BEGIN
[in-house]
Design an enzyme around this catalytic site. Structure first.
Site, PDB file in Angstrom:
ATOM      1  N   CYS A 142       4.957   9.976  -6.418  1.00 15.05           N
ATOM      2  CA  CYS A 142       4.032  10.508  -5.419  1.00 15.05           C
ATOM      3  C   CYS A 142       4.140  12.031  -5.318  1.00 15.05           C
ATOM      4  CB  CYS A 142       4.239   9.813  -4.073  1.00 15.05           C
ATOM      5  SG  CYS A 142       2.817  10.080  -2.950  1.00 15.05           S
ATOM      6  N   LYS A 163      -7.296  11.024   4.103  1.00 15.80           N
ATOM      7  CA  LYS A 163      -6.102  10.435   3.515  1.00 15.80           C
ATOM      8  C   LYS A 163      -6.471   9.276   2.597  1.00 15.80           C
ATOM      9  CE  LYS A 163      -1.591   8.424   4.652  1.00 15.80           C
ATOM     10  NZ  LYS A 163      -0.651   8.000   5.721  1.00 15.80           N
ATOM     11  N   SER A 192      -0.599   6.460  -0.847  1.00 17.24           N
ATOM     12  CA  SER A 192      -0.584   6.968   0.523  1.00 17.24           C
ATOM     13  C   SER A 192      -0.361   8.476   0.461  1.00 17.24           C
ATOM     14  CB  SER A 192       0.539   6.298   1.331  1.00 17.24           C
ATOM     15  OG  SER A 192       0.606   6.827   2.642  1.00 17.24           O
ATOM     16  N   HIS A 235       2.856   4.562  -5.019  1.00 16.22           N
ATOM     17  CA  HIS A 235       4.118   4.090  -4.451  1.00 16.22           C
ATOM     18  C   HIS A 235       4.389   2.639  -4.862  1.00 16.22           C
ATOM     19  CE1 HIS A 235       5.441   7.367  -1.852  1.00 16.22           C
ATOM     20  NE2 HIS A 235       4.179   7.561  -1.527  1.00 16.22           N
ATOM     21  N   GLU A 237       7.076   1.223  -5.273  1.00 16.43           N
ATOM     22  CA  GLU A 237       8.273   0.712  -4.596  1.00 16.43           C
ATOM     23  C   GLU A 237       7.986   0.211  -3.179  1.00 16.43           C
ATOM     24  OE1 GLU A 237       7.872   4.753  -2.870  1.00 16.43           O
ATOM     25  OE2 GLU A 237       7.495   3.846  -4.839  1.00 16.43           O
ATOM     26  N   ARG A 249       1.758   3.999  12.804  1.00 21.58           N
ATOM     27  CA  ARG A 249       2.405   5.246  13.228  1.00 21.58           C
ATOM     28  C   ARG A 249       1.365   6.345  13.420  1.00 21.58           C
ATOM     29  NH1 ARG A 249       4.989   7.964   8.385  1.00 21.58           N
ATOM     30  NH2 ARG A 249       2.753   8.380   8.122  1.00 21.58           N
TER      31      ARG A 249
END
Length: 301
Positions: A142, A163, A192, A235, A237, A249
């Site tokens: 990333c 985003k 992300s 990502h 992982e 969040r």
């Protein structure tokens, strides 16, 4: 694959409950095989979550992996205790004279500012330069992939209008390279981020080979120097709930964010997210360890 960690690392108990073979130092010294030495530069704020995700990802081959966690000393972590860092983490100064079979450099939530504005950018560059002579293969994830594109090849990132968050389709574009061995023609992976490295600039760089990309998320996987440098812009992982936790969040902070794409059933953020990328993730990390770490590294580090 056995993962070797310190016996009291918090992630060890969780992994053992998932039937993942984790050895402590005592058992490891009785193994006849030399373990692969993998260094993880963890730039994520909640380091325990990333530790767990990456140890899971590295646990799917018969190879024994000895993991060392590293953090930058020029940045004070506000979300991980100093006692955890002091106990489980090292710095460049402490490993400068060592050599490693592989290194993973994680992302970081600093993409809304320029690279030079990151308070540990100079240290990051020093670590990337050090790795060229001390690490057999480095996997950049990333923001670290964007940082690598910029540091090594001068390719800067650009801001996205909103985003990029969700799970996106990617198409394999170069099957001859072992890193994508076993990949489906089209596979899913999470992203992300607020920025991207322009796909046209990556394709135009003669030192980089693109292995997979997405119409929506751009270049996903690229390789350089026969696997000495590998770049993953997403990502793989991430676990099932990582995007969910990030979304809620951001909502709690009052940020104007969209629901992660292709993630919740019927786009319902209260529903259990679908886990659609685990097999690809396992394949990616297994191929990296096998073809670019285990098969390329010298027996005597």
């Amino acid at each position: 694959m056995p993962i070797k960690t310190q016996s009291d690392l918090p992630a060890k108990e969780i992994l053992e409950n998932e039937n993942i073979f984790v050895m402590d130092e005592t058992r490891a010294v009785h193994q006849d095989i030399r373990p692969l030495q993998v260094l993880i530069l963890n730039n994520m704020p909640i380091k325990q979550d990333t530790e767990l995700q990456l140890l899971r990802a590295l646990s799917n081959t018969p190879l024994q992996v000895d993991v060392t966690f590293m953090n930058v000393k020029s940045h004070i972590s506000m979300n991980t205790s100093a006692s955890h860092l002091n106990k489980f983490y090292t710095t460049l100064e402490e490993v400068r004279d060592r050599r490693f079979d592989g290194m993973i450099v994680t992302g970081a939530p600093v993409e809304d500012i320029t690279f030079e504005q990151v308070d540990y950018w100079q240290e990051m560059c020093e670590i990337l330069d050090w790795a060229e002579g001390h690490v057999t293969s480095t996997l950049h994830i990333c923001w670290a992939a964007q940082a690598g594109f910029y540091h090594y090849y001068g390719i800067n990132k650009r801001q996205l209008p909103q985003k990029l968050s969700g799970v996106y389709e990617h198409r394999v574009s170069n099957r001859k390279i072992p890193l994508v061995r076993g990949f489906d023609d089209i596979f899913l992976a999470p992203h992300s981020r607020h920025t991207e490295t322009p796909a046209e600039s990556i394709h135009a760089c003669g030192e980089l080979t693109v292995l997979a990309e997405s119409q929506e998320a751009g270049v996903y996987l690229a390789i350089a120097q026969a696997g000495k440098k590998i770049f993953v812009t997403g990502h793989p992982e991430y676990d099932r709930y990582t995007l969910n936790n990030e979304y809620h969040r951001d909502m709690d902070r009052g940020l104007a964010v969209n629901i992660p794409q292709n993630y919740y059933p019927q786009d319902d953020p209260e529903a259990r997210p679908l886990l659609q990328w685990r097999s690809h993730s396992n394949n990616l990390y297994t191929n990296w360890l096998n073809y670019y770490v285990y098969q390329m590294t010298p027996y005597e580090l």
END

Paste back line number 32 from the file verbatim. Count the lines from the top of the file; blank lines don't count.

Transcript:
ATOM     29  NH1 ARG A 249       4.989   7.964   8.385  1.00 21.58           N